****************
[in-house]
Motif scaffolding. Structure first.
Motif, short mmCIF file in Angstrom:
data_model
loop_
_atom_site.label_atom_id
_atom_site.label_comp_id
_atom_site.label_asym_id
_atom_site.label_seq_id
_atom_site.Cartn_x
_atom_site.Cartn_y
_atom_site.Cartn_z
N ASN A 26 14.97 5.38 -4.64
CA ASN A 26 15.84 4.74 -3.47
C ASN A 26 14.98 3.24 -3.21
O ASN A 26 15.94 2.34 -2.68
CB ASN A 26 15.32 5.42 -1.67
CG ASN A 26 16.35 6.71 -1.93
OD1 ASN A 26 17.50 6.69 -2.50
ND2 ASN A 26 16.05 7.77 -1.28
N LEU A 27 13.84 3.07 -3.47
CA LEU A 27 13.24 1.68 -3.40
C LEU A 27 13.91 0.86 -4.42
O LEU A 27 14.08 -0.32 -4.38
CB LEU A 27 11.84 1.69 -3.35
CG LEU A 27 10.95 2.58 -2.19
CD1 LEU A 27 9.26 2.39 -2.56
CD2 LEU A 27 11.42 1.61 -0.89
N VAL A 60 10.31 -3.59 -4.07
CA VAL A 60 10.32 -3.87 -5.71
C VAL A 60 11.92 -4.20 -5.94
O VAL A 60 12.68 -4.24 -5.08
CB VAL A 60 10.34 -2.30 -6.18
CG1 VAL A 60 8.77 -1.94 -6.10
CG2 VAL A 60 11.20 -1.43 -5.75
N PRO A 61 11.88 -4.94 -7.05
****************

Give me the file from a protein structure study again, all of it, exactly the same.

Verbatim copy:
[in-house]
Motif scaffolding. Structure first.
Motif, short mmCIF file in Angstrom:
data_model
loop_
_atom_site.label_atom_id
_atom_site.label_comp_id
_atom_site.label_asym_id
_atom_site.label_seq_id
_atom_site.Cartn_x
_atom_site.Cartn_y
_atom_site.Cartn_z
N ASN A 26 14.97 5.38 -4.64
CA ASN A 26 15.84 4.74 -3.47
C ASN A 26 14.98 3.24 -3.21
O ASN A 26 15.94 2.34 -2.68
CB ASN A 26 15.32 5.42 -1.67
CG ASN A 26 16.35 6.71 -1.93
OD1 ASN A 26 17.50 6.69 -2.50
ND2 ASN A 26 16.05 7.77 -1.28
N LEU A 27 13.84 3.07 -3.47
CA LEU A 27 13.24 1.68 -3.40
C LEU A 27 13.91 0.86 -4.42
O LEU A 27 14.08 -0.32 -4.38
CB LEU A 27 11.84 1.69 -3.35
CG LEU A 27 10.95 2.58 -2.19
CD1 LEU A 27 9.26 2.39 -2.56
CD2 LEU A 27 11.42 1.61 -0.89
N VAL A 60 10.31 -3.59 -4.07
CA VAL A 60 10.32 -3.87 -5.71
C VAL A 60 11.92 -4.20 -5.94
O VAL A 60 12.68 -4.24 -5.08
CB VAL A 60 10.34 -2.30 -6.18
CG1 VAL A 60 8.77 -1.94 -6.10
CG2 VAL A 60 11.20 -1.43 -5.75
N PRO A 61 11.88 -4.94 -7.05